Ombudsman 'certain' to re-open inquiry into Equitable Life scandal

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The Parliamentary Ombudsman, Ann Abraham, appears certain to reopen her inquiry into Equitable Life after it was revealed yesterday that the Public Administration Select Committee, which the Ombudsman reports to, was the latest body to have written to her requesting a further investigation.

In a recent letter to Ms Abraham obtained by the Equitable Members' Action Group (Emag), Dr Tony Wright, the committee chairman, said that given Lord Penrose's scathing criticism of the Government Actuary Department (GAD) and Equitable's regulators, there was a case for "investigating potential maladministration". He said the new inquiry should encompass the same period as the Penrose report, and should be kept as broad as possible, adding that any judicial problems over extending the Ombudsman's remit to investigate the GAD should be cleared up as quickly as possible.

Ms Abraham wrote to MPs at the end of April, two months after the publication of Lord Penrose's report into the troubled life insurer, to ask whether her inquiry should be reopened. She is believed to have had responses from more than 250 MPs and more than 1,500 Equitable policyholders.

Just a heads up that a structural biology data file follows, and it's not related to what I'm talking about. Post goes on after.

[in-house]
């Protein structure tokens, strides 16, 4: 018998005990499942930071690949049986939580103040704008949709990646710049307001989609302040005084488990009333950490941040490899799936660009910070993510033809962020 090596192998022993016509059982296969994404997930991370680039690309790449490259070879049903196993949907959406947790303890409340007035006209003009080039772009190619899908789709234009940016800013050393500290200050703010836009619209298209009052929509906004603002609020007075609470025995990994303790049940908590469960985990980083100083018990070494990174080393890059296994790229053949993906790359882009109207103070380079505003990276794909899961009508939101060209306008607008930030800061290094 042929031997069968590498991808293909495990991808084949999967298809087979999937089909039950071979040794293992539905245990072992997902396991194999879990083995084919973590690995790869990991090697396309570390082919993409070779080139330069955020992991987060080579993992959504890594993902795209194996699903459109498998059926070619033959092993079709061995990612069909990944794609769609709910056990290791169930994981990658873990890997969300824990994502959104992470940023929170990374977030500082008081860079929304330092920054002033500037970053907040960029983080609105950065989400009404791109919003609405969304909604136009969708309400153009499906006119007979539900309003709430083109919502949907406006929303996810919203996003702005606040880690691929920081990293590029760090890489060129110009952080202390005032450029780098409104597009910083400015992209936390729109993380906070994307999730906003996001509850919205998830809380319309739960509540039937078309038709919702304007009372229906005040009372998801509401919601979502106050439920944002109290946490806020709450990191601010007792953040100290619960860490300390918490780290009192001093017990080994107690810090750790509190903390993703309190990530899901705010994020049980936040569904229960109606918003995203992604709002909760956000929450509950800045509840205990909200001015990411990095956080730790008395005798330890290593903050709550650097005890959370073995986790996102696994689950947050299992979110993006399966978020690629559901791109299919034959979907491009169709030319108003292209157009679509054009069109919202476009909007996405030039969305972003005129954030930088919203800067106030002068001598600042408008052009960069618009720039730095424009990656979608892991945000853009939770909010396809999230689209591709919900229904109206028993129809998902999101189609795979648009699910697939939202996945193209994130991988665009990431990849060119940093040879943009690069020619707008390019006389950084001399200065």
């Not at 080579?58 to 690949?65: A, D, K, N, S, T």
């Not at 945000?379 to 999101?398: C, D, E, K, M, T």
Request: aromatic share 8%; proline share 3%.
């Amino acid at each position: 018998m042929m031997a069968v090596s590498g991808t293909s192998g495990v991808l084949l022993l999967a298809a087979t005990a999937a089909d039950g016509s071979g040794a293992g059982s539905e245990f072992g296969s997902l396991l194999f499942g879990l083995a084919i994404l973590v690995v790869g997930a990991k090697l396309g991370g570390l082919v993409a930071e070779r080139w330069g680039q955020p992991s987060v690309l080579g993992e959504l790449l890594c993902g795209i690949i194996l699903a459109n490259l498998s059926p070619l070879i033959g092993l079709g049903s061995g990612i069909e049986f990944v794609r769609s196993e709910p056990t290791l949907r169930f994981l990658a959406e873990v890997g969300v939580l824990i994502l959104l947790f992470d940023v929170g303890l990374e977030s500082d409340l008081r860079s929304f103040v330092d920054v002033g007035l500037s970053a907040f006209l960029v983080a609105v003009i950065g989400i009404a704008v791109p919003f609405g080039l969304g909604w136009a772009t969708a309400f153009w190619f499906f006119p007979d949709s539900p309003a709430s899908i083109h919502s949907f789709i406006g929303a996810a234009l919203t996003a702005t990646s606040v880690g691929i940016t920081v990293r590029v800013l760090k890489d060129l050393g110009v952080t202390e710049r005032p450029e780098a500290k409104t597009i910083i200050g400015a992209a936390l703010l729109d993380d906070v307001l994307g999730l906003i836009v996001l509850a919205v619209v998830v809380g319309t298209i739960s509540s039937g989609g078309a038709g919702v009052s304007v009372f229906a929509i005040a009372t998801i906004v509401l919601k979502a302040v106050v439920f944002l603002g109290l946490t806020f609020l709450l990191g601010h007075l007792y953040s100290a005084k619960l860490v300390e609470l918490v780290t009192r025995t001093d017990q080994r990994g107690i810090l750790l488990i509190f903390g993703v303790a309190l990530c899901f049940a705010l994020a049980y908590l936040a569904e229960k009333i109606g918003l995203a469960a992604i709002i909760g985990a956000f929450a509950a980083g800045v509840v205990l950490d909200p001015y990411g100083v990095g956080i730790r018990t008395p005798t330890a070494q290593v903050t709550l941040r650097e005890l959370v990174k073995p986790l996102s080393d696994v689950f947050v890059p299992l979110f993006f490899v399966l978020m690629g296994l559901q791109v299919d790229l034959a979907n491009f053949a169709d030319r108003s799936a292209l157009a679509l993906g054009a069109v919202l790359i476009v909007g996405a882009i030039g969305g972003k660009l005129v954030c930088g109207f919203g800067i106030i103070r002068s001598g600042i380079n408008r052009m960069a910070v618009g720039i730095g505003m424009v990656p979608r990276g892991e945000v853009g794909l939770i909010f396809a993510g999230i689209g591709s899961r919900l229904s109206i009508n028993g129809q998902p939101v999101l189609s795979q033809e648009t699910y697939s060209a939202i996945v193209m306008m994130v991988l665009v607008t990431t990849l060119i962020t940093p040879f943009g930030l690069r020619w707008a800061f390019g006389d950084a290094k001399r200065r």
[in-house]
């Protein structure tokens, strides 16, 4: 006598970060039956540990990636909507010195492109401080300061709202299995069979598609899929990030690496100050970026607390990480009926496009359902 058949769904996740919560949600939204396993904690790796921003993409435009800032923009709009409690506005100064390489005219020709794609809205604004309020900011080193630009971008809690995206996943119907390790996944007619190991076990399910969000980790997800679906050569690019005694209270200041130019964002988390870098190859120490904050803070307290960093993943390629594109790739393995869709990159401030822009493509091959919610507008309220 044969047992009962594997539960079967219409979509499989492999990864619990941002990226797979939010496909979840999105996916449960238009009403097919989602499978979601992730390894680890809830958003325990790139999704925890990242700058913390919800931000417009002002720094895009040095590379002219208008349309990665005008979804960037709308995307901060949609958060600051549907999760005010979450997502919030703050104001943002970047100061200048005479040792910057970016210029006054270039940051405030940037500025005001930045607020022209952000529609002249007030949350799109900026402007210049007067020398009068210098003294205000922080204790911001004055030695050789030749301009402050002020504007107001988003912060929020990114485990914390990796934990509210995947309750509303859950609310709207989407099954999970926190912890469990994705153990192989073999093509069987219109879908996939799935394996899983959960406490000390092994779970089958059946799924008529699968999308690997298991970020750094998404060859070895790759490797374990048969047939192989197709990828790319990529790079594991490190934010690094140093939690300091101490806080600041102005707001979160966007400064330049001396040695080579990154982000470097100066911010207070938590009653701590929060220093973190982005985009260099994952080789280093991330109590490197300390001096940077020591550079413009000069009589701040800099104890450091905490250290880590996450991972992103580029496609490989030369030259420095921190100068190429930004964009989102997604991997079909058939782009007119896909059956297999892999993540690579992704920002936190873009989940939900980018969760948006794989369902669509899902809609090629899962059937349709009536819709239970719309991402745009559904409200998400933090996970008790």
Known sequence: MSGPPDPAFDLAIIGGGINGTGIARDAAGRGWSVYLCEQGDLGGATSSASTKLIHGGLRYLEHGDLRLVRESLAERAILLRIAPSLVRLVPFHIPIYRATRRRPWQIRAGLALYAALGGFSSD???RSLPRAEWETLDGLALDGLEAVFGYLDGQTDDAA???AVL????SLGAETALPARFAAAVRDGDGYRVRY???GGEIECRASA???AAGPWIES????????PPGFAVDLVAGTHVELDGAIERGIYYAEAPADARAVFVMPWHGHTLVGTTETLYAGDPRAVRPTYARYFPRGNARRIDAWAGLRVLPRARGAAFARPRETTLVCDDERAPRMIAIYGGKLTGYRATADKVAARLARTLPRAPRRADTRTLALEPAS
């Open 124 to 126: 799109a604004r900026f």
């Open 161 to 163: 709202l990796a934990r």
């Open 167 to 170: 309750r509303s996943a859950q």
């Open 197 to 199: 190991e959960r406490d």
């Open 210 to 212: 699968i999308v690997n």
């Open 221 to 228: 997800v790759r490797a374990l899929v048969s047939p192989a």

The Ombudsman has said it will make its decision before Parliament's summer recess on 22 July.

A spokesman for Equitable Life said: "We welcome Tony Wright's directions to the Ombudsman and we now believe it's a no-brainer that the inquiry will be reopened."

Emag also welcomed the news but criticised the Treasury Select Committee for not also making a submission. Paul Braithwaite, Emag's general secretary, said: "[The letter] unequivocally recommends Ann Abraham to reopen her study on Equitable Life, to consider the entire period of the Penrose inquiry and to seek to draw on Lord Penrose's personal knowledge. Further, it offers his committee's assistance in obtaining the necessary changes to legislation.

"Emag, on behalf of the million plus policyholders, remains optimistic that Ann Abraham will now bow to the will of parliamentarians and the 2,000 written submissions and embark on a comprehensive new inquiry, superseding the existing much criticised narrow study."